On December 7, 2021, the U.S. Environmental Protection Agency (“EPA”) released its proposed 2020, 2021, and 2022 Renewable Volume Obligations (“RVOs”). RVOs determine the amount of renewable fuel (typically, ethanol) certain fuel refiners and others involved in the transportation fuel supply chain (“Obligated Parties”) are required to blend into their own fuel production during a given year. Obligated Parties failing to meet their RVOs for any year must buy Renewable Identification Numbers (“RINs”) or other credits, or risk default under the Renewable Fuel Standard (“RFS”).
Each of the EPA’s proposed targets was lower than targets previously set by the Energy Independence and Security Act of 2007 (“EISA”). In explaining the shortfall, the EPA cited the COVID-19 pandemic and a resulting drop in transportation fuel demand.
Notably, although the proposed RVOs fall short of the higher targets the biofuels industry had hoped for, they represent the highest RVO targets proposed to date.
Perhaps more importantly to the biofuels industry, the EPA signaled a shift in its approach to Small Refinery Exemptions (“SREs”), which historically provided refiners producing fewer that 75,000 barrels of motor fuels per day with relief from RFS-imposed RVOs. Since SREs applied to individual refineries, not the aggregate production of multiple refineries with a single owner, large companies operating multiple individual refineries were historically able to obtain relief from RVOs by claiming an SRE for each such individual refinery. As a result, SREs have been increasingly scrutinized for years.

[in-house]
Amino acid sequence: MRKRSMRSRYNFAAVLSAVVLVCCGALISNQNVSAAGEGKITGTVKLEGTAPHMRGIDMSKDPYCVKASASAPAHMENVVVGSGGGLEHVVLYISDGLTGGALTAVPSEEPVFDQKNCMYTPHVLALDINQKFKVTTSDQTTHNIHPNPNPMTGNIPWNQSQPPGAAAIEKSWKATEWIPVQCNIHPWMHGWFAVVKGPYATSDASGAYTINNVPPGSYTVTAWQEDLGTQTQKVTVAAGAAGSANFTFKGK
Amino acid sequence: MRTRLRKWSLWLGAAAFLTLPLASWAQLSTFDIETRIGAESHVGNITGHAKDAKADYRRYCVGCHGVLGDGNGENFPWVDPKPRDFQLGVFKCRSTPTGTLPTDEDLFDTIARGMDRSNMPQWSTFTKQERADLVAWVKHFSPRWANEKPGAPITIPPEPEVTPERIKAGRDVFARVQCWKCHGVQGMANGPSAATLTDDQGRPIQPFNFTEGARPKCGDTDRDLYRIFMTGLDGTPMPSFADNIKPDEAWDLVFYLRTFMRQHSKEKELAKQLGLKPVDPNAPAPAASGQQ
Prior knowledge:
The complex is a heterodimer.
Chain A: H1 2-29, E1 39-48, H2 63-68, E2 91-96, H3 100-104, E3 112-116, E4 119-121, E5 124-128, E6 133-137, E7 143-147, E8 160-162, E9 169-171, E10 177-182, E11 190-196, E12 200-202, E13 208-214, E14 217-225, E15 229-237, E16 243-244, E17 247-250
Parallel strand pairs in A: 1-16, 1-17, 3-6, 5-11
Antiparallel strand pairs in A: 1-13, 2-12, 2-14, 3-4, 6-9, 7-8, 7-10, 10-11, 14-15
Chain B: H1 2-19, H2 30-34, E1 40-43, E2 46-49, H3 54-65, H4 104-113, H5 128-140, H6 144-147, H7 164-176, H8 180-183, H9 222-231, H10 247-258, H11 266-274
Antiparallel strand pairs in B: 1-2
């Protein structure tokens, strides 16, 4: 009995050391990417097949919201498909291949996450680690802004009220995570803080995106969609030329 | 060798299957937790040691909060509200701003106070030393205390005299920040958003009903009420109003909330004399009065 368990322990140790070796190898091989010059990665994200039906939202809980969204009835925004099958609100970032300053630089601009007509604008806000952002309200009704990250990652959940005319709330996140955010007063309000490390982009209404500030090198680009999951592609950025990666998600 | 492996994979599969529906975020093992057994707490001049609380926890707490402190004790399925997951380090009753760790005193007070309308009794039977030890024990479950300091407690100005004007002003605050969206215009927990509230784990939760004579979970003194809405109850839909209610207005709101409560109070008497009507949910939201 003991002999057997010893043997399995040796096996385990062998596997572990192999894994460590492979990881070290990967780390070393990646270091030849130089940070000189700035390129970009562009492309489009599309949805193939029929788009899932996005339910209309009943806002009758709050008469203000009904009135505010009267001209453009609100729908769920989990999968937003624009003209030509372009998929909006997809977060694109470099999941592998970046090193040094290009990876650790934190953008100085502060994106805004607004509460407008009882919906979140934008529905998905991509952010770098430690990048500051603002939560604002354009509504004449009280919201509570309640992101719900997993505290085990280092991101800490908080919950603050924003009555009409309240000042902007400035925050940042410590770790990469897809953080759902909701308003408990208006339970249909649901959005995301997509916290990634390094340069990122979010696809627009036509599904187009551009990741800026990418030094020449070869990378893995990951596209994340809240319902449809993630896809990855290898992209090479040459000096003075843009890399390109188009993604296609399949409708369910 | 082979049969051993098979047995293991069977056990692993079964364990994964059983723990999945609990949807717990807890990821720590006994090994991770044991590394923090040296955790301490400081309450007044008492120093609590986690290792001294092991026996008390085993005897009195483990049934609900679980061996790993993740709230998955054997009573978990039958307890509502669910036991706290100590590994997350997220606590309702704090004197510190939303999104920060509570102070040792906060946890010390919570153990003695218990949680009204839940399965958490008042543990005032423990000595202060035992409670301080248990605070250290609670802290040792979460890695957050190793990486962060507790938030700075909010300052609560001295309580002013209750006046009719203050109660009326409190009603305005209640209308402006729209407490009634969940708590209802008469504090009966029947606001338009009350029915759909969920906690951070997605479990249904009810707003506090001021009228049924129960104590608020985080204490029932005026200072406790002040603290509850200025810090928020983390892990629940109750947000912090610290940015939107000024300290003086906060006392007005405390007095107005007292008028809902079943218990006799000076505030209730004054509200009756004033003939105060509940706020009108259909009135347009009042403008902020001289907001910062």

However, in another recent act, the EPA proposed denying a substantial number of pending SRE applications. The proposed denials confirm the present administration’s policy of preventing large owners of multiple refineries from obtaining SREs for their individual, smaller refineries.
Coupled with historically high RVOs (which suggest a likelihood of greater increases to come), the EPA’s intent to deny a material number of SRE applications demonstrates its increasing willingness to uphold the intent of the RFS – and RIN prices have increased accordingly. If the EPA declines to grant the SREs at issue, renewable fuel and biogas producers are likely to see further increases in the value of RINs and similar credits.